(Photo: Commuters on their way to work in Bandung, Indonesia. The nation’s federal government has passed a bill that critics say would result in setbacks for both labor rights and environmental sustainability.)
In what critics say is a step backward for both the environment and labor rights, Indonesia’s government has approved its new Omnibus Bill on Job Creation, receiving support from seven out of the nation’s nine political parties. Its passage occurred despite vehement opposition from citizens, labor unions and foreign investors.
The new stimulus bill, which supporters say is designed to boost jobs and increase foreign investment, cuts environmental regulations contained within 79 laws. The bill’s passing was controversially moved forward by the federal government's legislative body, after news reached officials of a planned three-day strike by workers opposing the bill.
With Indonesia being one of the nations hardest hit by the COVID-19 pandemic, and its economy set to shrink for the first time since the Asian economic crises of the late 1990s, the pressure is on to create jobs. The bill’s passing, said the country’s President Joko Widodo, was a product of the need to cut red tape and to boost economic growth. Widodo also insisted that the amended bill will create 3 million new jobs for young people.
Indonesia’s reputation for how it manages its economy has taken a hit in recent years, partially reflected in the nation's ranking in the World Bank’s ease of doing business index. Indonesia had been climbing the index over recent years, but its rank stagnated at 73rd place as of 2019. On this point, officials have said the regulatory easing within the new bill will attract companies wishing to relocate from China. However, an article in the Chinese Journal of Environmental Law has called the amended bill a “setback,” stating that the lack of transparency during the bill’s drafting process contradicted the purpose of the bill itself.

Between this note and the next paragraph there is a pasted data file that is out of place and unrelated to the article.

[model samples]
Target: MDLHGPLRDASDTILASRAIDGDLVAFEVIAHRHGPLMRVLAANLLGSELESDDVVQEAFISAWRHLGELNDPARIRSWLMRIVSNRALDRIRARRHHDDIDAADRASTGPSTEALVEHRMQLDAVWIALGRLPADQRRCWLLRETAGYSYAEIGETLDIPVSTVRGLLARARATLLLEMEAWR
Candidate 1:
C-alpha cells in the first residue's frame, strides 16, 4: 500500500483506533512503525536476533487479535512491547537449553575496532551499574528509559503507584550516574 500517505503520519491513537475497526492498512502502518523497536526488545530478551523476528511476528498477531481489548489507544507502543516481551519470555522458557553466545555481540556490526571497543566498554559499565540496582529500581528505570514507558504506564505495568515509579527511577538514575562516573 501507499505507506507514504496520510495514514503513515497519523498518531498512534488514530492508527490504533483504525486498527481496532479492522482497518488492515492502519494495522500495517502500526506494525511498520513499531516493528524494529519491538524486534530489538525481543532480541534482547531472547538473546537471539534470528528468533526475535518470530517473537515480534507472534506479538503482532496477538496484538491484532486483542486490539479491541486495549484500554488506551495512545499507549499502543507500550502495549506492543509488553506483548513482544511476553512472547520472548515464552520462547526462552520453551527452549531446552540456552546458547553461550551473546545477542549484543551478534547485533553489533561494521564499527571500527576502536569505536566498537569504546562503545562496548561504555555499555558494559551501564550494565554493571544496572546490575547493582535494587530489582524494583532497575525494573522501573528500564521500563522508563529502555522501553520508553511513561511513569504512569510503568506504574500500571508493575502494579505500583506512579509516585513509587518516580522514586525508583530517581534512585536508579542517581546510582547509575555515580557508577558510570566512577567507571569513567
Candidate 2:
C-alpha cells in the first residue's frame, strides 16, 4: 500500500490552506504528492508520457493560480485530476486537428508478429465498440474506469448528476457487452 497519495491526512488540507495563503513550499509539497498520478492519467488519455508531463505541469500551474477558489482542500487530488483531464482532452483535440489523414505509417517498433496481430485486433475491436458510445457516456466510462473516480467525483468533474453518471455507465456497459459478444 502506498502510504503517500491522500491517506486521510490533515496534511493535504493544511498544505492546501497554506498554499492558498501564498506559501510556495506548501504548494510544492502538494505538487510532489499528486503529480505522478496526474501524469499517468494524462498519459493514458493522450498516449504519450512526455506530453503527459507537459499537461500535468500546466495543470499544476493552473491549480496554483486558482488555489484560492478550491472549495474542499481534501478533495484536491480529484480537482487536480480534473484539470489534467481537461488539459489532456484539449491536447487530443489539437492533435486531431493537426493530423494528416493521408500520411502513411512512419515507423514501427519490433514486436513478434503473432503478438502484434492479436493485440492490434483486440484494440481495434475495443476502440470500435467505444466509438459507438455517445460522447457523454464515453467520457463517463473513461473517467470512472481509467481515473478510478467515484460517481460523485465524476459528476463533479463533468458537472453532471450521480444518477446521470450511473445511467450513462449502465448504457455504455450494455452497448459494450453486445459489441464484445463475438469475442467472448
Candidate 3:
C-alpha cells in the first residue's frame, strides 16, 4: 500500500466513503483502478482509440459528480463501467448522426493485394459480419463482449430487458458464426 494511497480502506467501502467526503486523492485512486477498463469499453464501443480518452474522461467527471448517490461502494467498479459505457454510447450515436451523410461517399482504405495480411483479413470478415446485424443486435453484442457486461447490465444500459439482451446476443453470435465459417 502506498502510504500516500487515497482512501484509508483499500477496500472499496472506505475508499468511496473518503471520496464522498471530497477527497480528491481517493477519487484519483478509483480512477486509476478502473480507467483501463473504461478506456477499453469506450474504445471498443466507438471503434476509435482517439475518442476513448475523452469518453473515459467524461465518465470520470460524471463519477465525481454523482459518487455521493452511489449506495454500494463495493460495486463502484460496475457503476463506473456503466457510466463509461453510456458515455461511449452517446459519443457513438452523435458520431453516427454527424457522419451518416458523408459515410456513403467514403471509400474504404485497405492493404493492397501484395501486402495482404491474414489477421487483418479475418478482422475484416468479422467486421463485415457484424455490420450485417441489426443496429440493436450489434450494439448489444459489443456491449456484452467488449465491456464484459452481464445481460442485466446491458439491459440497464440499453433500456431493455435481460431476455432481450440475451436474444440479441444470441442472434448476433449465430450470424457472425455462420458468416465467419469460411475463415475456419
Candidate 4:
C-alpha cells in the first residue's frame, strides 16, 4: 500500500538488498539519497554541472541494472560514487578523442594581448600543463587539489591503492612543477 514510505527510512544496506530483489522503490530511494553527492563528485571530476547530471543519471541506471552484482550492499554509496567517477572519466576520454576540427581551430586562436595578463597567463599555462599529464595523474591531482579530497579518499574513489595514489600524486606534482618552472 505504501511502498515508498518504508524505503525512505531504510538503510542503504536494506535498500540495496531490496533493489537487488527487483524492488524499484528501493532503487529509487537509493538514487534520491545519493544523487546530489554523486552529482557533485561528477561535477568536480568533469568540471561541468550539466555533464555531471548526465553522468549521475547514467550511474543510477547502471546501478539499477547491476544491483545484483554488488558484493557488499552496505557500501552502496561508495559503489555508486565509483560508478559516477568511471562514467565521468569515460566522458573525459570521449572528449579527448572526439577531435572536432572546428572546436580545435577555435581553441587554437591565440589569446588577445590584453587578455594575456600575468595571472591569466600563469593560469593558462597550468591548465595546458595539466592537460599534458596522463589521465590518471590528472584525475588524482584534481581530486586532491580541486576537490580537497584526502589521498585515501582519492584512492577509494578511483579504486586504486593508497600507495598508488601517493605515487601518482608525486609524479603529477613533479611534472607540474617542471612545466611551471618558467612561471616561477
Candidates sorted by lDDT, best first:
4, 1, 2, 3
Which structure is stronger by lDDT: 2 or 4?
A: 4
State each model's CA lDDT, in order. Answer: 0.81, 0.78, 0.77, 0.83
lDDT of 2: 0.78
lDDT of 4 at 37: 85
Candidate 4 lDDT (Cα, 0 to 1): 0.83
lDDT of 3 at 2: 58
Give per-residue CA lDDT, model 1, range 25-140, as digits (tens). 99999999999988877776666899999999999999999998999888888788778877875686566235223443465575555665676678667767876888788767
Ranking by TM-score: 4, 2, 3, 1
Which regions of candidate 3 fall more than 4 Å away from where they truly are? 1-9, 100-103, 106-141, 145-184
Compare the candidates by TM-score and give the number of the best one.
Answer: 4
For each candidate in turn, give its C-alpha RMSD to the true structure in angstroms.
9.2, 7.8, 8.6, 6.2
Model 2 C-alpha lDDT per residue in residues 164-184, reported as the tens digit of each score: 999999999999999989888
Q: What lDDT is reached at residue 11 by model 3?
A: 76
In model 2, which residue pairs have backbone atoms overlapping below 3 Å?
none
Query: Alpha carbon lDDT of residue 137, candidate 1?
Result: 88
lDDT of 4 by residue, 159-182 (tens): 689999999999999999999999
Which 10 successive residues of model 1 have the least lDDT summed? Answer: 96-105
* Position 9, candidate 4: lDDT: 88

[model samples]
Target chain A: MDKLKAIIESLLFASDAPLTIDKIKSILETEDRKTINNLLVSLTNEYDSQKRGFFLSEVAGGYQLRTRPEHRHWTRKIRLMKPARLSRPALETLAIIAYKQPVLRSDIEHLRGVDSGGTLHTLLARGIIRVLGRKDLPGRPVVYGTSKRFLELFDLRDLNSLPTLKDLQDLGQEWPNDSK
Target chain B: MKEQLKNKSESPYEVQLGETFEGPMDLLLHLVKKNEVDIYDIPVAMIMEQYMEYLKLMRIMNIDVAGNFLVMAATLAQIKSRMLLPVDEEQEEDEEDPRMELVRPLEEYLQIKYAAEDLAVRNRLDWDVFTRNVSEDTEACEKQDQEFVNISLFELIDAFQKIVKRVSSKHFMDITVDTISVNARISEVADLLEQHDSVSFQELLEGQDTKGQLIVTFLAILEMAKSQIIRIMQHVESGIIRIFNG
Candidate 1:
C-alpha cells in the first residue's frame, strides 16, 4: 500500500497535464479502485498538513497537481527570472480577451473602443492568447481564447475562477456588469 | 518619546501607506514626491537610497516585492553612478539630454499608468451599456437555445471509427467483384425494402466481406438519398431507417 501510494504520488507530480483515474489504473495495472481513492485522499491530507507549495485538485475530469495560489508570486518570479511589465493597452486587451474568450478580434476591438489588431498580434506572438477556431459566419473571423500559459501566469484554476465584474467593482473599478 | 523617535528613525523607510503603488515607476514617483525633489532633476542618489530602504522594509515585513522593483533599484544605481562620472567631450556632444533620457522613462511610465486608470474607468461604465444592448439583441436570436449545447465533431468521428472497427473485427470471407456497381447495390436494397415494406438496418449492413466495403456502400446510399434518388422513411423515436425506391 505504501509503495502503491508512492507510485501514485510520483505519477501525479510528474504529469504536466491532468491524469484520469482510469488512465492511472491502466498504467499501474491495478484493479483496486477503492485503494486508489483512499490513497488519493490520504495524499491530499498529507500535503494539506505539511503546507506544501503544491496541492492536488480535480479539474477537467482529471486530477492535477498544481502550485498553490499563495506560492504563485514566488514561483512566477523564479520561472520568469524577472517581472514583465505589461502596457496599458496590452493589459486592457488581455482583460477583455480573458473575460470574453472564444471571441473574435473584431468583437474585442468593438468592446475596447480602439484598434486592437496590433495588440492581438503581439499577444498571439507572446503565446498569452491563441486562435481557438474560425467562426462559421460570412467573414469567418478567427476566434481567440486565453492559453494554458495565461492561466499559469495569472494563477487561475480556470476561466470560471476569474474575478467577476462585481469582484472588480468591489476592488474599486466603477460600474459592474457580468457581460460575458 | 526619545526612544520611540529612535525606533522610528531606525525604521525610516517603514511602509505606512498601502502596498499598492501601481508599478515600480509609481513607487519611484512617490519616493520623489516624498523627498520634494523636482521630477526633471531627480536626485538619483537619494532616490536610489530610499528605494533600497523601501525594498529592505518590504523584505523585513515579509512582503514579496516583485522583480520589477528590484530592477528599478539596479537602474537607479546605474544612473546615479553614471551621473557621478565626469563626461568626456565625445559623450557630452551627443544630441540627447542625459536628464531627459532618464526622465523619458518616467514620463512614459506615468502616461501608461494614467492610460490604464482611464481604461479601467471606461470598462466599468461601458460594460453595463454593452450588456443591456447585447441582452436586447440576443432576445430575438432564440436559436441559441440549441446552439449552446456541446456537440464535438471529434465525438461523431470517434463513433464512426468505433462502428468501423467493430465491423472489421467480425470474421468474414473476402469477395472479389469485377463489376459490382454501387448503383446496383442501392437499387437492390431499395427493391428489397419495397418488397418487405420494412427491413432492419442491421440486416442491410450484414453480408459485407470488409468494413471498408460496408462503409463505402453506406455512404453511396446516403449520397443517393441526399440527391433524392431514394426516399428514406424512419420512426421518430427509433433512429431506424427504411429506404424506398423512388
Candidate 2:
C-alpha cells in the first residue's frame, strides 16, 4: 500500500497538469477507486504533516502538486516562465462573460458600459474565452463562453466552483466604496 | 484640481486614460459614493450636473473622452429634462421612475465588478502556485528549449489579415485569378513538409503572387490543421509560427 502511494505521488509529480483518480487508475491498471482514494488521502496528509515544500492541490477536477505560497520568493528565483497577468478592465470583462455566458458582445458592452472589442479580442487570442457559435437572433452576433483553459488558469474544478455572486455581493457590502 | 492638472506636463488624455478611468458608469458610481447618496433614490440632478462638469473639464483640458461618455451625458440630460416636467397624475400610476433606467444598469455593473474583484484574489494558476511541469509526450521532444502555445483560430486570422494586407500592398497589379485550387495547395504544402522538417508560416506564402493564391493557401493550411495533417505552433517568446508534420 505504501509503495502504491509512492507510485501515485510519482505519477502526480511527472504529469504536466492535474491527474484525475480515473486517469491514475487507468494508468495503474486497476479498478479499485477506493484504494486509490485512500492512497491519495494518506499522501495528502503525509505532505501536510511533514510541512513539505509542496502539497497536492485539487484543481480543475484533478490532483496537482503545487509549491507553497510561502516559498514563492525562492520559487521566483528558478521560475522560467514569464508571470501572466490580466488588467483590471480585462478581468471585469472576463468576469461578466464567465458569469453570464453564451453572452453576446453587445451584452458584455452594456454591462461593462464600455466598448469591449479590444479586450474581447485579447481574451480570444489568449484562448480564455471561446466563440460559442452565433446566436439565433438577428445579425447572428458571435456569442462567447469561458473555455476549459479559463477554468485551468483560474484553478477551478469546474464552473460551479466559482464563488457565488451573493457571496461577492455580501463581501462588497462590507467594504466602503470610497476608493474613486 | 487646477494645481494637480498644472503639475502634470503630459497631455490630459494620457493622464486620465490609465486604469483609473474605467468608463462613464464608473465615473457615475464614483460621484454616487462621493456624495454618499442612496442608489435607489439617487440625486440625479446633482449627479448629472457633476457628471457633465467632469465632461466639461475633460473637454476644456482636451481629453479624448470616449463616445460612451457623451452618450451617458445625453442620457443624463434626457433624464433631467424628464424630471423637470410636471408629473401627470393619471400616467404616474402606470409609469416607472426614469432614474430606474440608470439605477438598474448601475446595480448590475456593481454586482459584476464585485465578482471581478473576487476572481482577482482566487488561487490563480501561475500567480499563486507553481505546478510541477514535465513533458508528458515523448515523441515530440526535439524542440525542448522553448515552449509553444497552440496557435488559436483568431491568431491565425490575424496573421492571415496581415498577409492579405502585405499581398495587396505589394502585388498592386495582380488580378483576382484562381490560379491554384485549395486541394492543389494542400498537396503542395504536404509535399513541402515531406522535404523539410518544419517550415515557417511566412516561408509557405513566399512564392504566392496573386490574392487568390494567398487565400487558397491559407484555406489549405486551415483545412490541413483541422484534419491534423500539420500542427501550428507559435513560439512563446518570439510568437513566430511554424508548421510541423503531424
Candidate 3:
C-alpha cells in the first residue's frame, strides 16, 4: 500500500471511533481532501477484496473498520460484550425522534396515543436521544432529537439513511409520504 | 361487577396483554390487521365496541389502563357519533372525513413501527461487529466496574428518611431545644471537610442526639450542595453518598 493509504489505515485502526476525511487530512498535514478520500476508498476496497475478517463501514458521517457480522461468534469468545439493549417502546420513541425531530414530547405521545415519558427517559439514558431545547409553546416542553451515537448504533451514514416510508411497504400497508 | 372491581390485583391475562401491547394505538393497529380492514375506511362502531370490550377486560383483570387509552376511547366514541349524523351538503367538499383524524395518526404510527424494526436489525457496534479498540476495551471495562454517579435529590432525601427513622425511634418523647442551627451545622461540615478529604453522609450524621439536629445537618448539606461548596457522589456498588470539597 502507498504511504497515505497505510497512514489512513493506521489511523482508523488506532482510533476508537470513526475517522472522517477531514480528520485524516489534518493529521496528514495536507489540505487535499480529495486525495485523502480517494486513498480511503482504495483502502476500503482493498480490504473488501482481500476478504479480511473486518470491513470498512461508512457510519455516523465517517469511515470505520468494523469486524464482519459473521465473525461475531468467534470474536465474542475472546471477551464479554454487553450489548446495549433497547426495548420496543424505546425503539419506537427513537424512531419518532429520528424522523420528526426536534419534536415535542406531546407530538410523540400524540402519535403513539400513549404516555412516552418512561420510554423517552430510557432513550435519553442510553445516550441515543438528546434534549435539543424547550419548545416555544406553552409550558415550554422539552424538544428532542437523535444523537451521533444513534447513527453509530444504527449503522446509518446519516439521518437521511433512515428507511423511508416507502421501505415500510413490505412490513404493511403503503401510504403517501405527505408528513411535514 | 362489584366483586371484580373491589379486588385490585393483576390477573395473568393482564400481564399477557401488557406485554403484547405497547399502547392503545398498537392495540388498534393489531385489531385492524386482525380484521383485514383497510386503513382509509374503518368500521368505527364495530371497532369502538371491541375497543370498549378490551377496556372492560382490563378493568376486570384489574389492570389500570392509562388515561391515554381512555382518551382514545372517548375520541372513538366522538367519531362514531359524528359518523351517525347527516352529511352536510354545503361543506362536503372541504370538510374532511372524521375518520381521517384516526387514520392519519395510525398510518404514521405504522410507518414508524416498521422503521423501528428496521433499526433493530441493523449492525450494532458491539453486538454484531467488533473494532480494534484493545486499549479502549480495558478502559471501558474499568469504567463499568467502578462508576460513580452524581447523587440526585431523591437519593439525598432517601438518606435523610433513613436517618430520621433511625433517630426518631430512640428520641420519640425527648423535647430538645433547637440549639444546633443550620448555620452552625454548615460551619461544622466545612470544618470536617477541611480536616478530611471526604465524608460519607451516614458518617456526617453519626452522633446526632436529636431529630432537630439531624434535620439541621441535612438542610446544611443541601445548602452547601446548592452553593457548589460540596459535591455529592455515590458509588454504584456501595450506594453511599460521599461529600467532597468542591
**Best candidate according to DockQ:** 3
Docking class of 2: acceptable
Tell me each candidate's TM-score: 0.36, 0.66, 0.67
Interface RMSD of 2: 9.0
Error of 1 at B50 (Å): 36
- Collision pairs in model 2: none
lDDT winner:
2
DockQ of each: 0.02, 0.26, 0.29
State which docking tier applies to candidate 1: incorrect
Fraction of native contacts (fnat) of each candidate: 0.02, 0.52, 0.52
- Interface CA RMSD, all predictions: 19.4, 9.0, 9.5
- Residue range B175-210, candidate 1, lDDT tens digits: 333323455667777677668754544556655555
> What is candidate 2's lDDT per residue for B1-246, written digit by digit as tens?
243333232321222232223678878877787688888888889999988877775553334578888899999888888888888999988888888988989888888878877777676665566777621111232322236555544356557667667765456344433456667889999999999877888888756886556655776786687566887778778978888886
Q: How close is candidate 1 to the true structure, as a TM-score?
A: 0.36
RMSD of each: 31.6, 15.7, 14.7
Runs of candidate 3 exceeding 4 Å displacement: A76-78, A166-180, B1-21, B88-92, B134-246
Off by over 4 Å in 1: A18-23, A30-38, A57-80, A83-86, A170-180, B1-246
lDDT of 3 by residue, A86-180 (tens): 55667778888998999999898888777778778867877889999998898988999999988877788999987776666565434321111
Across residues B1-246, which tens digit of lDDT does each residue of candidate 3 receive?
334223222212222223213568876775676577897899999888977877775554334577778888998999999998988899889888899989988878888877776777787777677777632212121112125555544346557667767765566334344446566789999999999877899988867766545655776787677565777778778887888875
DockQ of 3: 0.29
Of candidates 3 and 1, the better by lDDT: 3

Labor unions have also expressed indignation at the bill, highlighting that the new legislation cuts mandatory leave and reduces severance pay while allowing longer work hours. Amnesty International, the human and labor rights campaign group, is also a vehement critic of the bill. The group’s Indonesian executive director, Usman Hamid, called the bill “catastrophic,” considering the amendments contradict Indonesia’s position as a signatory of the International Covenant on Economic, Social and Cultural Rights.
With similar intensity, Phelim Kine, senior campaigns director at the environmental organization Mighty Earth, accused the government of making a “ruinous” and erroneous choice between environmental sustainability and economic growth. Kine went on to warn that the bill would lead to the legitimization of uncontrolled deforestation.
Other critics include Asfinawati Ajub, the chairwoman of the Indonesian Legal Aid Foundation, who stated that the act of moving the bill forward, ahead of protests, was an attempt at “ignoring the will of the people.” This has not stopped protests in the country from going ahead, however, with tens of thousands of workers camping out for days around the nation in support for labor rights. In the capital Jakarta, protests have intensified, with over 400 protesters having been detained so far, the BBC reported.
Just days before the bill was passed, an open letter signed by 36 investors representing $4.1 trillion in assets under management had been sent to Indonesia’s legislative branch (the People’s Consultative Assembly, or MPR), expressing deep concerns about the bill’s effect on labor rights and the environment. The letter specifically addressed proposed changes to the permitting framework for land uses, environmental compliance monitoring, public consultation and sanctioning systems.
The letter stated that the proposed changes would cause severe environmental, social and governance (ESG) “repercussions," affecting investor confidence in Indonesian markets. These repercussions would pose “systemic and material risk” to the signatories’ portfolios and the wider economic landscape, the authoring investors asserted.